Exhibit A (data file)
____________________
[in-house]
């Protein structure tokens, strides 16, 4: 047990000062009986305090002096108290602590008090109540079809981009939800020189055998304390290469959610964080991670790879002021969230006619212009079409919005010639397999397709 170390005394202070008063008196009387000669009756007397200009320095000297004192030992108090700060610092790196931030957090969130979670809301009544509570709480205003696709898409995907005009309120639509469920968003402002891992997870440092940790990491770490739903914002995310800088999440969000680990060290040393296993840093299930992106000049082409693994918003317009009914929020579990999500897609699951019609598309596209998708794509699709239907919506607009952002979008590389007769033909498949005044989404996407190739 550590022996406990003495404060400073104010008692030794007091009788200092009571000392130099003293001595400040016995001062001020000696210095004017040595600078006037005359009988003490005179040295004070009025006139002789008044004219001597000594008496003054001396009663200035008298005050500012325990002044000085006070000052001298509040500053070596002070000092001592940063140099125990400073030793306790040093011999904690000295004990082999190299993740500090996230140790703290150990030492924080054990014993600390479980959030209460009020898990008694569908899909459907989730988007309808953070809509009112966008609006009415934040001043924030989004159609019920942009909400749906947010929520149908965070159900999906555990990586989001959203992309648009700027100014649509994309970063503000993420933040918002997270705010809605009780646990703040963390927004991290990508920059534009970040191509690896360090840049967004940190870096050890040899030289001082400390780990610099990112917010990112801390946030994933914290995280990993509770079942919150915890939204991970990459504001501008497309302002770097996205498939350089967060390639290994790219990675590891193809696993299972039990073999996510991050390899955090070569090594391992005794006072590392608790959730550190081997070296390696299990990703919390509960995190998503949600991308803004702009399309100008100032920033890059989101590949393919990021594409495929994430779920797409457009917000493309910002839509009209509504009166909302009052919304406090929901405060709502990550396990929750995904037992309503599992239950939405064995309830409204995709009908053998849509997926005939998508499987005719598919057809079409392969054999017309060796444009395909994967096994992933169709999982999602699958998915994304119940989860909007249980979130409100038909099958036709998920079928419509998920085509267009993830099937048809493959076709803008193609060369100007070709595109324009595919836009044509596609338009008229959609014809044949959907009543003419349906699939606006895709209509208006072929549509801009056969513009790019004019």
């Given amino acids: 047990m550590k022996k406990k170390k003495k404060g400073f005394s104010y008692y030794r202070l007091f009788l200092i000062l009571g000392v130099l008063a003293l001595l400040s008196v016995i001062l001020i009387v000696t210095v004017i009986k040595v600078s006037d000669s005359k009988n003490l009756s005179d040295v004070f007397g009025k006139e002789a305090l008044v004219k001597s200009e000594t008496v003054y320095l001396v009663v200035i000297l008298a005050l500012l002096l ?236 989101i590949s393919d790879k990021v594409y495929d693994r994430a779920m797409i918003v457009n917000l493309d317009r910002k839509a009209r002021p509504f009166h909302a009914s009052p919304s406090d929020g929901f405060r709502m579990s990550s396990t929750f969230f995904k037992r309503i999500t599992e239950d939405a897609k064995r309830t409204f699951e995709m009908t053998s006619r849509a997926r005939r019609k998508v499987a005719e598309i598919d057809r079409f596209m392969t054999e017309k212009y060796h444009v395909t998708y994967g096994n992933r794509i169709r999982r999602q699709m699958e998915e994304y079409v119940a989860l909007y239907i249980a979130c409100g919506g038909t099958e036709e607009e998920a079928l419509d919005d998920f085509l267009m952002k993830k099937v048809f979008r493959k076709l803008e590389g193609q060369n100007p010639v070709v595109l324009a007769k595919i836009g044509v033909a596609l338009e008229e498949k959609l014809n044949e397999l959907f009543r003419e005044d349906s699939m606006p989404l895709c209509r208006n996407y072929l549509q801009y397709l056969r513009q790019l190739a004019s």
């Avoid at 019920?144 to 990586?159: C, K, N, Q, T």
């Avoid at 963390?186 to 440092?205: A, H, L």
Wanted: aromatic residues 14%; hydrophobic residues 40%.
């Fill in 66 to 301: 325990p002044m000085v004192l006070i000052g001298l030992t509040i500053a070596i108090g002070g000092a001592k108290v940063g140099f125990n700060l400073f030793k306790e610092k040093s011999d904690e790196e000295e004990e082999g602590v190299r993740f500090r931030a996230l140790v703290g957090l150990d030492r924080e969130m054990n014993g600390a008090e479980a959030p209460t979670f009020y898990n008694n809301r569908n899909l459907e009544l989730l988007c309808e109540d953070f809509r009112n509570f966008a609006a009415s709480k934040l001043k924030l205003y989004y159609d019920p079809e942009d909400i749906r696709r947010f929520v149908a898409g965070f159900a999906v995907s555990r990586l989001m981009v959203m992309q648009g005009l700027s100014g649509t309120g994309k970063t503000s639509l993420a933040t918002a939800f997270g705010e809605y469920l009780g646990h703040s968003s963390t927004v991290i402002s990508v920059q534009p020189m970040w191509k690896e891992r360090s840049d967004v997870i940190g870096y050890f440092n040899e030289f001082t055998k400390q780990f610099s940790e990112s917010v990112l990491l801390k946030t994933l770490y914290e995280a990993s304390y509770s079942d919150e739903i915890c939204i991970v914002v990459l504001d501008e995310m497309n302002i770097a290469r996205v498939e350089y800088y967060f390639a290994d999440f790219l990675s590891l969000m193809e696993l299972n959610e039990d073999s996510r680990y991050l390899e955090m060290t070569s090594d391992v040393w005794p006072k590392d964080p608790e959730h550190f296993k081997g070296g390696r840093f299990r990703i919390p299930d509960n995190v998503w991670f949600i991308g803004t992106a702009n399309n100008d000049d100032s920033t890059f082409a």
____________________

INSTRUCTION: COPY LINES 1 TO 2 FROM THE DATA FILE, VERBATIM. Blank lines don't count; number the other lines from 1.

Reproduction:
[in-house]
């Protein structure tokens, strides 16, 4: 047990000062009986305090002096108290602590008090109540079809981009939800020189055998304390290469959610964080991670790879002021969230006619212009079409919005010639397999397709 170390005394202070008063008196009387000669009756007397200009320095000297004192030992108090700060610092790196931030957090969130979670809301009544509570709480205003696709898409995907005009309120639509469920968003402002891992997870440092940790990491770490739903914002995310800088999440969000680990060290040393296993840093299930992106000049082409693994918003317009009914929020579990999500897609699951019609598309596209998708794509699709239907919506607009952002979008590389007769033909498949005044989404996407190739 550590022996406990003495404060400073104010008692030794007091009788200092009571000392130099003293001595400040016995001062001020000696210095004017040595600078006037005359009988003490005179040295004070009025006139002789008044004219001597000594008496003054001396009663200035008298005050500012325990002044000085006070000052001298509040500053070596002070000092001592940063140099125990400073030793306790040093011999904690000295004990082999190299993740500090996230140790703290150990030492924080054990014993600390479980959030209460009020898990008694569908899909459907989730988007309808953070809509009112966008609006009415934040001043924030989004159609019920942009909400749906947010929520149908965070159900999906555990990586989001959203992309648009700027100014649509994309970063503000993420933040918002997270705010809605009780646990703040963390927004991290990508920059534009970040191509690896360090840049967004940190870096050890040899030289001082400390780990610099990112917010990112801390946030994933914290995280990993509770079942919150915890939204991970990459504001501008497309302002770097996205498939350089967060390639290994790219990675590891193809696993299972039990073999996510991050390899955090070569090594391992005794006072590392608790959730550190081997070296390696299990990703919390509960995190998503949600991308803004702009399309100008100032920033890059989101590949393919990021594409495929994430779920797409457009917000493309910002839509009209509504009166909302009052919304406090929901405060709502990550396990929750995904037992309503599992239950939405064995309830409204995709009908053998849509997926005939998508499987005719598919057809079409392969054999017309060796444009395909994967096994992933169709999982999602699958998915994304119940989860909007249980979130409100038909099958036709998920079928419509998920085509267009993830099937048809493959076709803008193609060369100007070709595109324009595919836009044509596609338009008229959609014809044949959907009543003419349906699939606006895709209509208006072929549509801009056969513009790019004019």